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The Commons
Photo 1

Commons file

An early ad for Magic Mountain Ski Area in Londonderry, once again under new ownership.


New owners try again to revive Magic Mountain

Originally published in The Commons issue #386 (Wednesday, December 7, 2016).

Magic Mountain has had more lives than a cat in recent years.

The 700-acre Londonderry ski resort and its 1,700-foot vertical drop on the flank of Glebe Mountain is beloved by its loyal fans, but it was a resort that seemed to be caught in the middle of the Vermont ski scene — too big to be a small ski area and too small to be a big resort.

Magic originally opened in 1960 by Swiss ski instructor Hans Thorner, and legend has it that the mountain’s contours reminded Thorner of his homeland. It prospered during the ski boom years of the 1960s and 1970s.

More recently, however, Magic has been plagued by financial problems and was closed for six years in the 1990s. It reopened in 1997, and has seen multiple owners over the past two decades.

Geoff Hatheway is the latest person to try his hand at resurrecting Magic. Last month, he and Ski Magic LLC, the investment group he is leading, announced it had completed the purchase of the resort. The purchase price was not disclosed.

Hatheway, a Dartmouth graduate and veteran of the New York advertising and media scene, recently told The Boston Globe that he had been skiing in southern Vermont since he was 3, when his family would go on outings to Stratton, Bromley, and Magic. He said he fell in love with Magic because it had a more intimate feel than the big resorts.

But Hatheway’s group definitely has its work cut out for it, with the two biggest jobs getting Magic’s two ski lifts fully operational and improving snowmaking on the mountain.

“People don’t even think we make snow, but we do,” Hatheway told the Globe, “and we’ve made it over the years but we need to do a better job of making that snow consistently on more trails so there’s a good feeling that no matter what the weather brings, that Magic’s going to have a good variety of terrain.”

As for the lift capacity, Hatheway said “a huge priority for us is getting [the] second summit lift going, which hasn’t run in two years. It’s a great old lift, but it’s been neglected. We put a lot of money into the thing and we’re getting close on it.”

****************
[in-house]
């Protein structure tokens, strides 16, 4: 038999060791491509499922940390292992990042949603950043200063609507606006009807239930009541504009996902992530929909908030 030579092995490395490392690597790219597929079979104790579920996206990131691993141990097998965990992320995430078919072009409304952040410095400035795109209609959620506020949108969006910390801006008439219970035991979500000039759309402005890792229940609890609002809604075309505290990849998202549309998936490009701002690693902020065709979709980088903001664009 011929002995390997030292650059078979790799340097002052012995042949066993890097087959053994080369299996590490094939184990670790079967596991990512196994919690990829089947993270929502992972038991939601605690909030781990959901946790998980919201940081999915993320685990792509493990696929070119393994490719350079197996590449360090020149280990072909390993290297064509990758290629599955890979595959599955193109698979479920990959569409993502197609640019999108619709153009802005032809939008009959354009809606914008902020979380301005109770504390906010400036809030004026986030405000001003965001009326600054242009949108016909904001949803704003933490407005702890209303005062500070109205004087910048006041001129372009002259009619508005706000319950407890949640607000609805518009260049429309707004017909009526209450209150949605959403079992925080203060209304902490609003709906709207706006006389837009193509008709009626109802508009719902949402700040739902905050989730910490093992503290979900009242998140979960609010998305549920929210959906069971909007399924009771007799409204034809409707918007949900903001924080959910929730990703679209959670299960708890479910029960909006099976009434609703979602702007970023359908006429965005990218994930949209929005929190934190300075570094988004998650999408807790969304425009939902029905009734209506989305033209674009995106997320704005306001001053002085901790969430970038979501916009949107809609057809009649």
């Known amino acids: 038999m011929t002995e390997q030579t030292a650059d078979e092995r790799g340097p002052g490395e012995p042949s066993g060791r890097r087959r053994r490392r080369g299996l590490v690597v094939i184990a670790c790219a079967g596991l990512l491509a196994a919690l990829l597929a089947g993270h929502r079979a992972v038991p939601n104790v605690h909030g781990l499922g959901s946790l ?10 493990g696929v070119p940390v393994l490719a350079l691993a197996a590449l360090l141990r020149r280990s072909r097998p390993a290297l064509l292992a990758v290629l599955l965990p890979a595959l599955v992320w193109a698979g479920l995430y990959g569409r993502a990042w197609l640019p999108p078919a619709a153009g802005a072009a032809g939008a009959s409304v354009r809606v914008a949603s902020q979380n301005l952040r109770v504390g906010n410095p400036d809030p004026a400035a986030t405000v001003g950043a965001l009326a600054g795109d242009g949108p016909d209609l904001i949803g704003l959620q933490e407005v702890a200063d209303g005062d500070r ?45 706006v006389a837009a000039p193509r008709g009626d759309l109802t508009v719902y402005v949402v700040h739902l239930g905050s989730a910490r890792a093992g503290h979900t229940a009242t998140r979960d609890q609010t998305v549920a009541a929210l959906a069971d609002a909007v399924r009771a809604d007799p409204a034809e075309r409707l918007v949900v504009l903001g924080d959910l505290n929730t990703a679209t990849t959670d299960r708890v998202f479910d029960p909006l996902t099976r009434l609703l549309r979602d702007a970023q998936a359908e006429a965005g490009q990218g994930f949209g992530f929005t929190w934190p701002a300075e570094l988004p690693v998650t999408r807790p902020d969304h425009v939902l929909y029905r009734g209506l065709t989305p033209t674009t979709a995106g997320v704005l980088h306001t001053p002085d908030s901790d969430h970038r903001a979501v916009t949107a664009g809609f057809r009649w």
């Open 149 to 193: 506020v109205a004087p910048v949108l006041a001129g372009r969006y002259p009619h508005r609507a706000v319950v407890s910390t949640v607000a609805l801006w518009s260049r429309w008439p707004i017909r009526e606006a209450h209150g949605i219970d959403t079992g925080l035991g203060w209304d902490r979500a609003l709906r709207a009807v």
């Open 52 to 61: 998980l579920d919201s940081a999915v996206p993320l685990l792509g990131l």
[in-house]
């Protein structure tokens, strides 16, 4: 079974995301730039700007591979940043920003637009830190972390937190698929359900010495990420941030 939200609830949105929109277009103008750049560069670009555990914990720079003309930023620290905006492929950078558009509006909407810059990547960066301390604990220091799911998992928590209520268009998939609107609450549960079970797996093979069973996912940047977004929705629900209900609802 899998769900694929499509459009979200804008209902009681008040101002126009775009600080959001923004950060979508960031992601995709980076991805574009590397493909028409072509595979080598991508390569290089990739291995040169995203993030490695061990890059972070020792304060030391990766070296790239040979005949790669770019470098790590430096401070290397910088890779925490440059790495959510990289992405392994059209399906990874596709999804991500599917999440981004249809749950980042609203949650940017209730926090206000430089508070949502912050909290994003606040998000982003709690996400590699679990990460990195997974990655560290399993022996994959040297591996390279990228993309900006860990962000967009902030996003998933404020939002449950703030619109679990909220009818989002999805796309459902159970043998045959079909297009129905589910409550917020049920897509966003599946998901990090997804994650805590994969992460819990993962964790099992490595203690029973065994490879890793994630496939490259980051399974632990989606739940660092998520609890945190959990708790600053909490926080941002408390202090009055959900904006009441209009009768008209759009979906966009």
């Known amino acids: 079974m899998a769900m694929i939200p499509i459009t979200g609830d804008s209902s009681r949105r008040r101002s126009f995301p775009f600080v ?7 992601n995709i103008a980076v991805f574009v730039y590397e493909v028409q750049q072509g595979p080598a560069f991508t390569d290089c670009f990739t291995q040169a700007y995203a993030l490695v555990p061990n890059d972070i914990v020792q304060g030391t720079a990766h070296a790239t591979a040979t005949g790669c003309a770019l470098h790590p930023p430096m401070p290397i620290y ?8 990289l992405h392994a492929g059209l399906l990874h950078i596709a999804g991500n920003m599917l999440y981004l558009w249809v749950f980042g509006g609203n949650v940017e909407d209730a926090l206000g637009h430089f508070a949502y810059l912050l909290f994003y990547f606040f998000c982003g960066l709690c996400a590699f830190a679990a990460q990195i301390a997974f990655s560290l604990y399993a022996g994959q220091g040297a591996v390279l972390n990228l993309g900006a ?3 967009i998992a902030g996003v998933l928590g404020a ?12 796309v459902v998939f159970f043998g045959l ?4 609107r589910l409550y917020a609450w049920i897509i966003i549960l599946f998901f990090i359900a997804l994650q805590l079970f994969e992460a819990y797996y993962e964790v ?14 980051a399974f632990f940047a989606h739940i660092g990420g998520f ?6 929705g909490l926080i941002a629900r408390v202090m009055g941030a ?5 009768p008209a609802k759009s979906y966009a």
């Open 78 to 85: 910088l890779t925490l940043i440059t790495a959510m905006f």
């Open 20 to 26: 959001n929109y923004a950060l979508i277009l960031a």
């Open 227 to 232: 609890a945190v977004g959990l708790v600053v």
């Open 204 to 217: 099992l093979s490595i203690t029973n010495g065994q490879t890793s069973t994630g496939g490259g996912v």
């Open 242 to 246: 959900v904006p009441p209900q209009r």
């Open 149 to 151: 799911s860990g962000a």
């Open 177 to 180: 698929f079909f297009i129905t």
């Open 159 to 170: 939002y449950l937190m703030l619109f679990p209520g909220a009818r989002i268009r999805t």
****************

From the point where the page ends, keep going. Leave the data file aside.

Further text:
He said visitors are going to get “what Magic has always had, which is a really challenging and interesting ski experience on the trails, and in the glades, and just a really warm, friendly, fun community in the lodge and on the slopes.”

The resort hopes to open on Dec. 17 on a Thursday to Sunday schedule. More information on ticket prices and promotions is available at

Hoping for a better year

• Last season was a lousy one for Vermont’s 20 ski resorts.

After setting a record in the 2014-15 season with 4.67 million skier visits. according to the Vermont Ski Areas Association, the 2015-16 season saw a drop to 3.2 million — a 30 percent drop.

It would have been even worse, had not the bigger resorts invested heavily in snowmaking to make up for adverse weather conditions.

Last December, only 12 percent of the state’s total skiable terrain was open by Christmas week. Last ski season saw the least amount of snow and the warmest temperatures since the winters of 1973 and 1974, the all-time worst years on record for Vermont ski areas.

It’s too soon to say whether it will be better this year, but considering how Killington managed to make enough snow to host a World Cup race last month, expect the snowmakers to try for similar miracles at Okemo, Stratton, and Mount Snow if the weather cooperates.

Okemo, Stratton, and Mount Snow all opened on Thanksgiving week and, between machine-made snow and a little bit of natural snow, they managed to have a limited amount of terrain available for skiing and riding.

For the latest information on ski conditions around the state, visit

BF runner organizes benefit race for Meeting Waters Y

• Cody Tallent, a senior at Bellows Falls Union High School, was one of the top runners for the Terriers during the fall cross-country season. He is also a staff member at Meeting Waters YMCA’s Y Day Camp and Y-ASPIRE afterschool program.